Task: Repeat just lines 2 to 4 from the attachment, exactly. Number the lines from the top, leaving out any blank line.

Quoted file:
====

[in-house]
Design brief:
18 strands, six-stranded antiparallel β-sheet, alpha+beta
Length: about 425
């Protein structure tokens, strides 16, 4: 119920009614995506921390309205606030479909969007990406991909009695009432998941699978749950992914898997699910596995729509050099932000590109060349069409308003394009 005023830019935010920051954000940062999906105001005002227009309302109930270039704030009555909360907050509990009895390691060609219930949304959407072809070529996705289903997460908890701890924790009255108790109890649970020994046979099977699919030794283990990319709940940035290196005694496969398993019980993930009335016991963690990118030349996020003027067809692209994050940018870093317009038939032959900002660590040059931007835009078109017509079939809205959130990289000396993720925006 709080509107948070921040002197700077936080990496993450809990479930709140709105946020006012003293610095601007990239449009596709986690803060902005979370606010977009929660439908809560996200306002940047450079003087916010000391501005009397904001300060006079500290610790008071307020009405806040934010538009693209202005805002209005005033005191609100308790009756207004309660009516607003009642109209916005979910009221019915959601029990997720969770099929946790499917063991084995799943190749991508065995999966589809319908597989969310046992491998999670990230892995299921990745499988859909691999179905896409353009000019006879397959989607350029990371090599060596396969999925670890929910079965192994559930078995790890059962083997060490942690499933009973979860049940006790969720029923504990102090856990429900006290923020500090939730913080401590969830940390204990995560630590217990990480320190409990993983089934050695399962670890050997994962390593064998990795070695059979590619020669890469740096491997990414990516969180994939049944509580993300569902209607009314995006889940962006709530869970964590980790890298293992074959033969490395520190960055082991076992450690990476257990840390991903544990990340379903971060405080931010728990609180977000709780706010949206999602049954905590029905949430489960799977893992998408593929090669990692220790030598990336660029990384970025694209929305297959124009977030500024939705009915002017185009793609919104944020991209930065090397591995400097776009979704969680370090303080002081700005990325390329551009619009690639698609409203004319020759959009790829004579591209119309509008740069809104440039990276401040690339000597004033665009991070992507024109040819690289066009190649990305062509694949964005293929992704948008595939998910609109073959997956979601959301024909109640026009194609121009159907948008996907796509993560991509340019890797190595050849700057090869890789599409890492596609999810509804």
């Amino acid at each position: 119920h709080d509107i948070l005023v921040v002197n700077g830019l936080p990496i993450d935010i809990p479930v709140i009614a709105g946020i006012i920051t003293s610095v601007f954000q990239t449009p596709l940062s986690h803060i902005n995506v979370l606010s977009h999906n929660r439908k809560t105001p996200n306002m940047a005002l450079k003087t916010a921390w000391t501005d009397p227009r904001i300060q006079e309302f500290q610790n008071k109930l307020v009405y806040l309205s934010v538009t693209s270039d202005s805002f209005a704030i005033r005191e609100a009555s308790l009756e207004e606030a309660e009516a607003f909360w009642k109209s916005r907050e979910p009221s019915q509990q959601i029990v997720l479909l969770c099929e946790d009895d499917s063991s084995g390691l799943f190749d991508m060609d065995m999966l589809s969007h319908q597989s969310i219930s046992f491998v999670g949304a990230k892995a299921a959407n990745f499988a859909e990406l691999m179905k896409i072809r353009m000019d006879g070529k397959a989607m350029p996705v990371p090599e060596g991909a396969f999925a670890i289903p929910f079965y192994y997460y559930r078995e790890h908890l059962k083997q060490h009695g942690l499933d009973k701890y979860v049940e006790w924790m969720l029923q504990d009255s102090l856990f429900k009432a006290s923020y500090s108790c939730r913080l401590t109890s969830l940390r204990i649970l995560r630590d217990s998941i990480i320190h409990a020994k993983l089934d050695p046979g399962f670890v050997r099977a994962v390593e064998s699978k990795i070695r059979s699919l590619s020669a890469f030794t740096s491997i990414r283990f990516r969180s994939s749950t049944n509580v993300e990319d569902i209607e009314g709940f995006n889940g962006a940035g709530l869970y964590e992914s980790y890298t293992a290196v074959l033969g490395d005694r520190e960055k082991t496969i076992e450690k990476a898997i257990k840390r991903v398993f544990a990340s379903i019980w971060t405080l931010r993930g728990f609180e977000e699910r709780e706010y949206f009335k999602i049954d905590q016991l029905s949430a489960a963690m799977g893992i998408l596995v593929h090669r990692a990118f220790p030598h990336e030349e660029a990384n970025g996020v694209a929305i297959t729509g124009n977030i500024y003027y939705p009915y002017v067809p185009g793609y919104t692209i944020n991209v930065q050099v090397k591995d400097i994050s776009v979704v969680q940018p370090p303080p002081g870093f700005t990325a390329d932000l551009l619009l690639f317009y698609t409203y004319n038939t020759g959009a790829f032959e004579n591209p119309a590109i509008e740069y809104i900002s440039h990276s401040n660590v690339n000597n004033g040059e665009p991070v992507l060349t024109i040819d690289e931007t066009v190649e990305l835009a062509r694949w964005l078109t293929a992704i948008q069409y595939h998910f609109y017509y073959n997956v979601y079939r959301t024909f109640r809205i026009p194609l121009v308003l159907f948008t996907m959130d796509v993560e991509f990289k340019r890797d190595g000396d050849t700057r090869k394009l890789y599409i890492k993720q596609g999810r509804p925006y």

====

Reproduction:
Design brief:
18 strands, six-stranded antiparallel β-sheet, alpha+beta
Length: about 425